Variations of the maudiae form.
Drawing a very large crowd on a busy Sunday afternoon at JianGuo Holiday Market. Taiwanes hobbyists are indeed very lucky! The weather in Taiwan is ideal for growing a large number of exotic species especially the highland cool-loving ones. Slipper orchids are very widely cultivated by orchid farms all over Taiwan.
Paph. niveum at 2 for NT150! What a steal!!!
A artistically attired gentleman making watercolour sketches of some winning entries. The one in the picture is the grand overall winner.
Paph. “Winston Churchill x candelo” (hybrid). Such hybrids are affectionately known as 肉饼 “meatpies” in Taiwan, owing to the thick and boisterous looking petals.
A hybrid multi-floral (Paph. St. Swithin?) under very poor light. 😦
Where’s the flash when I need it!?!
A paph. hybrid from one of the sale vendors.
Another paph hybrid from the sale vendors
maudiae hybrid on sale!
Another maudiae hybrid on sale. I’m guessing that this has some sukhakulii blood in it from the dark dense punctation on the petals.
Paph. esqulorei “Yi”
Paph. appletonianum var. hainanense.
Paph. godefroyae var. “alba”
Paph. wardii var. “album”
Paph. wenshanense “Ruey Hua #5” A possible natural hybrid between Paph. concolor and Paph. bellatulum. This cultivar has more concolor in it (from the prominent yellow morph) than bellatulum it seems.
Paph. godefroyae var. leucochilum. This is an interesting plant and somewhat controversial, as its considered by many to be a distinct species.
Paph. hangianum “Shih-Yueh”, a beautiful species found near the Chinese border of Yunnan and Vietnam.
Paph. hangianum “Nei Shan #4”
Paph. barbatum, one of my favorite species and incidentally, the species most which can be found most closely to Singapore, from Penang Hill in Peninsula Malaysia
Paph. “S. Gratrix x hangianum” (hybrid)
Paph. “Hsinying Ruby Web” (hybrid)
Paph. “Hung Sheng Magic” a “maudiae: hybrid
Paph. “Enzan Provine” (hybrid)
Paph. “S. Gratrix x Lipperwunder” (hybrid)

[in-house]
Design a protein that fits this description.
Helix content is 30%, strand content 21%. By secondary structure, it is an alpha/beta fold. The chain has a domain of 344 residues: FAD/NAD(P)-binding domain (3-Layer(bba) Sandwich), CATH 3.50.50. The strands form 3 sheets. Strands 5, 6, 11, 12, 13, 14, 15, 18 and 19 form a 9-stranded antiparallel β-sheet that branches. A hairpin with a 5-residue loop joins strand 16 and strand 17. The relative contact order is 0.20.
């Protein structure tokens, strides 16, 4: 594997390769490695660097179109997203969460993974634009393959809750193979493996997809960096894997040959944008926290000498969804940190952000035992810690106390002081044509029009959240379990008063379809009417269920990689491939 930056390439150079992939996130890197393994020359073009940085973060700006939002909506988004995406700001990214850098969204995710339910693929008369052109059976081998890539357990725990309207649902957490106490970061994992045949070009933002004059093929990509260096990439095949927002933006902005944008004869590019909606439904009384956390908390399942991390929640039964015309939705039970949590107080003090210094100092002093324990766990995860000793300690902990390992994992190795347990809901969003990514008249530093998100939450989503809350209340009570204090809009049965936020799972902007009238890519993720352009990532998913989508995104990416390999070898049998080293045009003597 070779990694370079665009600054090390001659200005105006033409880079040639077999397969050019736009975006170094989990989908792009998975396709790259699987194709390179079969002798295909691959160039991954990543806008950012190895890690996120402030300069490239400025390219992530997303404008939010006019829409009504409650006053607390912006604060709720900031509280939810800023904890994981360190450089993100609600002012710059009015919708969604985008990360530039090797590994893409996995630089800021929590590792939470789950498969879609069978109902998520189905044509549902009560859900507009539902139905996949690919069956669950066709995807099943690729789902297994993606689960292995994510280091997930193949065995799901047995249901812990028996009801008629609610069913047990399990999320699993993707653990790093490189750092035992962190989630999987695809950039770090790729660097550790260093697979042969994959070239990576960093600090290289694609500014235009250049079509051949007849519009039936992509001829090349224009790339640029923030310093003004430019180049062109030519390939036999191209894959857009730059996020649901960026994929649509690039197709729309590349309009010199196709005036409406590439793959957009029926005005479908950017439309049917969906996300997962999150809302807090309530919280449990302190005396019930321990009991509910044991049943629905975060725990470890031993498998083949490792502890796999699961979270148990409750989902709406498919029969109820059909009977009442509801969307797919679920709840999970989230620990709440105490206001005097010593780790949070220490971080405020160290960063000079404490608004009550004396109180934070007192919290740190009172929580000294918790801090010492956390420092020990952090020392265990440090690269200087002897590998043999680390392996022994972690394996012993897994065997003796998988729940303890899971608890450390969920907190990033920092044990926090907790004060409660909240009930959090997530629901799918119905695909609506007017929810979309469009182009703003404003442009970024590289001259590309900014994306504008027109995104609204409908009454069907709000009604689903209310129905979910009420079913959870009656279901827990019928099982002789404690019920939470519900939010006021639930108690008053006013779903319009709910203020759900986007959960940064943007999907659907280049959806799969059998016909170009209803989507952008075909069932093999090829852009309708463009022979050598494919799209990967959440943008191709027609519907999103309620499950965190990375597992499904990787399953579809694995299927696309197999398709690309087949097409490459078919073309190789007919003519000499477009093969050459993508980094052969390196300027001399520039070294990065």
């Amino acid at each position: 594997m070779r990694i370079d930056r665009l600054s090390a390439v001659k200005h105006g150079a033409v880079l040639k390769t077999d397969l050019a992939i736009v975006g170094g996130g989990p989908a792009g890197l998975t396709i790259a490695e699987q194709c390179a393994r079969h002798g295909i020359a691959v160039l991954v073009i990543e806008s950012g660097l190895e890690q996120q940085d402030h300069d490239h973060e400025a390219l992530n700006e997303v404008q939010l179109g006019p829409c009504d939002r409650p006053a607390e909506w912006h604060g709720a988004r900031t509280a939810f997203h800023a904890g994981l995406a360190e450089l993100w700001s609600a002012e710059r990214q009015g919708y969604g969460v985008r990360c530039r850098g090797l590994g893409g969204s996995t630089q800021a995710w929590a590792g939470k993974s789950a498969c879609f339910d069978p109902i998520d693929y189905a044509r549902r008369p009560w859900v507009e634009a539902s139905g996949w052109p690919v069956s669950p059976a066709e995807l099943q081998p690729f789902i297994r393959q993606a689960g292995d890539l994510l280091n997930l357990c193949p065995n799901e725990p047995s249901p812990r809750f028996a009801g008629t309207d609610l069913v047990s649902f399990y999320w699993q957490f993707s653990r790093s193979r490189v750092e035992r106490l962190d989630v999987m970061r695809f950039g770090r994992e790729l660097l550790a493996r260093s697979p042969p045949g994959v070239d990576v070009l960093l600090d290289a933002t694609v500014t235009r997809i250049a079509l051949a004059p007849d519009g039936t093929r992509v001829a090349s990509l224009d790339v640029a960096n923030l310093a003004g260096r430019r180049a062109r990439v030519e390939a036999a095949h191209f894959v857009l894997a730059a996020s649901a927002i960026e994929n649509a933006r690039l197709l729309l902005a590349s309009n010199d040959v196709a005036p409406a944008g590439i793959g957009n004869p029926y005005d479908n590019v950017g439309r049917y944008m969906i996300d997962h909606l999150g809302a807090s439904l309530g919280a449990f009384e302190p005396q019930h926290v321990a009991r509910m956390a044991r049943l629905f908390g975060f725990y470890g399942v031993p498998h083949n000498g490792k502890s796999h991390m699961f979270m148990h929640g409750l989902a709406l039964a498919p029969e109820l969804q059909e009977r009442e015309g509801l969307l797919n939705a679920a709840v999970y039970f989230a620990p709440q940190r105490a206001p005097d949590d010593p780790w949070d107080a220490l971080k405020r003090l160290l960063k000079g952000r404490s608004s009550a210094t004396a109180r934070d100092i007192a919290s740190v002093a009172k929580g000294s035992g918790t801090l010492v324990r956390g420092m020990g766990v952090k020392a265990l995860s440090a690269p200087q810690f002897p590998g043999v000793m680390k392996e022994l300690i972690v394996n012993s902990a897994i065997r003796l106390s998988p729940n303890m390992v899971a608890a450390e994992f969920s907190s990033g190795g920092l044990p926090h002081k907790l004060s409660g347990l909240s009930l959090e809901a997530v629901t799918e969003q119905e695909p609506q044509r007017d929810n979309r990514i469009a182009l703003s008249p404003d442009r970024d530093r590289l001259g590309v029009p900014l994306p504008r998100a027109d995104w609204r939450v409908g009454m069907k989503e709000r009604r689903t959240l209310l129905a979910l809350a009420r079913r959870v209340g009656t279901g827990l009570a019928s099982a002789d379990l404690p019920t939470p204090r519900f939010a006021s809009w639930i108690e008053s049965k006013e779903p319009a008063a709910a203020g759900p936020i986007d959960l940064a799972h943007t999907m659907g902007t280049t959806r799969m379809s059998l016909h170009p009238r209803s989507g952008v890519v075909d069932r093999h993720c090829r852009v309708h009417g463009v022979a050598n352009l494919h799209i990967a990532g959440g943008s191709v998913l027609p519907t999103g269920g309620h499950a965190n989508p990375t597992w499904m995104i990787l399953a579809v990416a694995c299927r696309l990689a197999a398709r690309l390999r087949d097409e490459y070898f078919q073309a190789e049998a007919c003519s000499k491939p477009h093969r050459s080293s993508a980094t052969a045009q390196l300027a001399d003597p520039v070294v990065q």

Another Paph. “Enzan Provine” (hybrid)
Paph. “Seaquin Hsinying” (hybrid)… very clearly has some Paph. sukhakulii influence.
Paph. “Formosa Lily” (hybrid)
A complex hybrid of Paph. “Robert McElderry x hangianum” (hybrid) in striking yellow owing to its Paph. armeniacum parentage.
Paph. “Robert McElderry x hangianum” (hybrid). It won 全场总冠军 “Best Flower of the Show”
Paph. “Graze Horse x Nulight”, another “meatpie”
Multi-floral species – Paph. philippinense “Jin Yang”
Another lousy shot of Paph. philippinense “Jin Yang” Argh! Should have brought a flash! Or better still, two!
Another lousy shot of Paph. philippinense “Jin Yang”
Paph. “Booth’s Sand Lady” (multi-floral hybrid)
Paph. “Angel Hair” “In-Charm” (multi-floral hybrid)
Another shot of the Paph. “Booth’s Sand Lady” under differrent settings
Another specimen of Paph. “Booth’s Sand Lady”
Paph. “Prince Edward of York”
Paph. “Vanguard’s Lebeau” (multi-floral hybrid)
A magnificent display of Paph. “Le Beau” with 9 full bloom inflorescence and a couple more in bud!
A primary hybrid between Paph. rothschildianum and Paph. gigantifolium
Paph. “Yang- Ji Apple” , an all-time favorite multi-floral primary hybrid between Paph. philippinense and Paph. anitum
Another beautiful specimen of Paph. “Prince Edward of York” , primary hybrid between Paph. rothschildianum and Paph. sanderianum
A somewhat puzzling Paph. “:Lady Isabel x Susan Booth x rothschildianum’
An alba hybrid called Paph. “Green Horizon”
One of those complex hybrids of Paph. vietnamense with a multi-floral species like Paph. rothschildianum or its hybrids.
The fella on the lower right likens Paph. “Dollgoldi” which has its roots from the unmistakable gold nugget, Paph. armeniacum
新加坡所谓的“自助餐”在台湾叫“吃到饱”。 而“自助餐”的定义好像和新加坡不太一样哦。到这里，当然是点”吃到饱” 啦。饮料也无限量供应， 好划算哦！
牛角的“吃到饱”只有在Sun- Thurs 才有提供，用餐时限为两小时。周五，六是单点制的。如果是一大班朋友约好来用餐但陆续到， 时限以第一位点餐客人为准哦。但吃到来，还是很划算啦！
蛤蜊汤, 还不错喝。淡淡的海水味配上一点点姜的辛辣来去腥提鲜。 如果在秋冬时节来上一碗一定很赞！
杏鲍菇…轻轻刷上一层日式酱油, 再微微烙一下就可以吃了！微微散发出的菇菌香。 好吃！
Strawberry daifuku ice-cream with corn-flakes and mixed frozen berries.
黄豆粉雪糕。 ice-cream with soya bean powder topping。黄豆不用钱哦！在两球香草口味雪糕上厚厚一层。
抹茶雪糕 ice-cream with macha powder topping。默茶粉也不用钱！而且看卖相， 厨房里好像有点不胜其烦的样子哦。
No, we didn’t try this cos we were simply too full from Gyukaku. Some claimed this to be better than KFC! Then again, KFC is not much of a standard reference i guess. This joint is located just next to SOGO Fu Xing outlet. What’s interesting is the spelling on the signboard. Wonder how many people actually noticed?